When it comes to motivating and inspiring people to act, few things are more important for a leader than to lay out a vision that will galvanize their hearts and minds. Yet we find that Vision is one of the lowest rated facets of our leadership model.

I was recently working with a C-suite leader at a property and casualty insurance company whose Vision scores had come up correspondingly low, and we were looking for ways to help him strengthen that muscle. He is a passionate person, and loves what he does, so I knew he had something to build on to learn to inspire his troops. As we walked through his efforts to date I was struck by how crucial sales and marketing skills are to inspiring a shared vision and building followership….and how often they are overlooked.

Selling the Big Picture

In sales, you are talking to clients on a daily basis about what the product or service means, the benefits it creates and what it does for them. When I was selling life insurance, we were selling an intangible product that people do not want to buy. They do, however, want to buy what it does…what it provides for them, and their family: protection, and equity for the future.

We had a saying, “the right brain buys, the left brain justifies,” which meant that even in a highly left brain, numbers-oriented product like life insurance, it’s still the emotional right side of the brain that makes the buying decision. The more factual and logical left side of the brain merely justifies the decisions the right side wants to make. With this guiding principle we learned to paint the picture that appealed largely to the right side of the brain and use the number to support that position. Crafting visionary language for your teams is similar. It must first appeal to the more emotional right side of the brain. Facts and figures just won’t be perceived as inspiring.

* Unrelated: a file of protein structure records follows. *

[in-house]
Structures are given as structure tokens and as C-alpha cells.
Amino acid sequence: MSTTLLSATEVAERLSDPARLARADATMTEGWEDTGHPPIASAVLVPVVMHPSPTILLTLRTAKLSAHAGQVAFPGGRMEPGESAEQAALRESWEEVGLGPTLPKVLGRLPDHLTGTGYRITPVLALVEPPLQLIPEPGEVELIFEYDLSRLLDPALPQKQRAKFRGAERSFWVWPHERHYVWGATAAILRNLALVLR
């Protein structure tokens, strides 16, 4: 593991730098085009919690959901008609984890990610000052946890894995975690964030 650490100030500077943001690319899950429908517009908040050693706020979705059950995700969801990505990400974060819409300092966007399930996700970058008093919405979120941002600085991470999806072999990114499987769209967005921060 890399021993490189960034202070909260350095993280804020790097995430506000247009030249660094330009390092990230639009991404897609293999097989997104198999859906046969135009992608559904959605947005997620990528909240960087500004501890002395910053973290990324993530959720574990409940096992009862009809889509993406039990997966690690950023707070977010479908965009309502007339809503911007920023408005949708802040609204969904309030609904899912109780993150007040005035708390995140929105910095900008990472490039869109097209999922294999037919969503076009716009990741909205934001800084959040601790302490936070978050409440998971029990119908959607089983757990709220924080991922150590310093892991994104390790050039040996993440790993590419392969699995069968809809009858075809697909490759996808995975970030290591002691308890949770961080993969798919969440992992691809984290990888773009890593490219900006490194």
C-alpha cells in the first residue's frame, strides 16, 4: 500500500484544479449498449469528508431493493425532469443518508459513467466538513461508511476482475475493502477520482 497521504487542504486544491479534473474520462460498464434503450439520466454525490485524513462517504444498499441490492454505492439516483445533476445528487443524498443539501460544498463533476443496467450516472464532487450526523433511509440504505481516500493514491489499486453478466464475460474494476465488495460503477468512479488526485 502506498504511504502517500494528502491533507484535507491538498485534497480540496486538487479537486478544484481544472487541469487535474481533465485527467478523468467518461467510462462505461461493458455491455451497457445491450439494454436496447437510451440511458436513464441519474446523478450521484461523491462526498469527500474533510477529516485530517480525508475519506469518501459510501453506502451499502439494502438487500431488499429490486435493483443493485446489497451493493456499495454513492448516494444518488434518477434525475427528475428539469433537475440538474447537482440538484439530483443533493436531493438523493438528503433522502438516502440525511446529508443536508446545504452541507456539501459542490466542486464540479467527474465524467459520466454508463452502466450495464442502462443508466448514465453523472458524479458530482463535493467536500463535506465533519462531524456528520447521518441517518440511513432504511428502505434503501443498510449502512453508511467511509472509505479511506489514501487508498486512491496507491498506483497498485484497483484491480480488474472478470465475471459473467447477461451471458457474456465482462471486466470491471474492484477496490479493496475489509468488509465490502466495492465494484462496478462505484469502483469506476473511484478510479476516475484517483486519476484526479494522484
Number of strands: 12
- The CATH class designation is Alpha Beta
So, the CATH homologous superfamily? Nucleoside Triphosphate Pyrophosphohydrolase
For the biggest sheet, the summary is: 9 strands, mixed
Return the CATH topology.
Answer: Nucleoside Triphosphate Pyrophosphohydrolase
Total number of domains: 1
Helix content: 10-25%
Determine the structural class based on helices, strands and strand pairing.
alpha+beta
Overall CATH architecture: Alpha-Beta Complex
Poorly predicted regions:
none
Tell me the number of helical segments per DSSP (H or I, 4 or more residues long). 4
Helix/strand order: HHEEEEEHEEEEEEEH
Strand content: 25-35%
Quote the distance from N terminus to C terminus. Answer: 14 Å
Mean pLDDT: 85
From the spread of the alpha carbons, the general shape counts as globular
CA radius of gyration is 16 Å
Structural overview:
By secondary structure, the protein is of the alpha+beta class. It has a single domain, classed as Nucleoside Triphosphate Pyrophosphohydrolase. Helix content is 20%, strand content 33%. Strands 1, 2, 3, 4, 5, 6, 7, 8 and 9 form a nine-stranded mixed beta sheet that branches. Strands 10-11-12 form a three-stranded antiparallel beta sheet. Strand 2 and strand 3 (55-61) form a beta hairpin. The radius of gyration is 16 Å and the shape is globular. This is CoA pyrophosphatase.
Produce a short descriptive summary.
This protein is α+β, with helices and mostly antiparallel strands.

To help us build our ability to inspire a vision as leaders, the first company I worked for in a leadership capacity set as one of 3 key leadership competencies, “inspires a shared vision,” and evaluated us on that twice a year. It was the only company I have ever been with that focused on that, measured it, and coached us on what it meant, how to do it and why it was important. Ten years of sales skills and that leadership competency enabled me to inspire a shared vision not only for our clients but for my team.

Intentionally and consistently talking to my team about how our work served our larger organizational vision helped them to see and articulate a direct line of sight between the company’s vision and what we were doing on a daily basis. Rather than talking about selling life insurance, I reminded my team that what we were doing was to give the family members a voice in the process that they don’t have.

Children don’t have a say in the life insurance or disability insurance their parents buy, but they will ultimately be the ones who benefit or pay the price for the decisions their parents make. This means that what we were doing on a daily basis matters to life and death for our clients. Helping my team remember that helped them stay connected to what we do and why we do it. Not every company has that much connection to life or death, but I have found you can get pretty close.

SO, don’t assume your team “just gets it.” Inspire a shared vision for them and help them make the connections.

Building Out A Vision

In working with the leader I was advising I took him through a process to help him articulate this for his company—what the company does and why it is inspirational.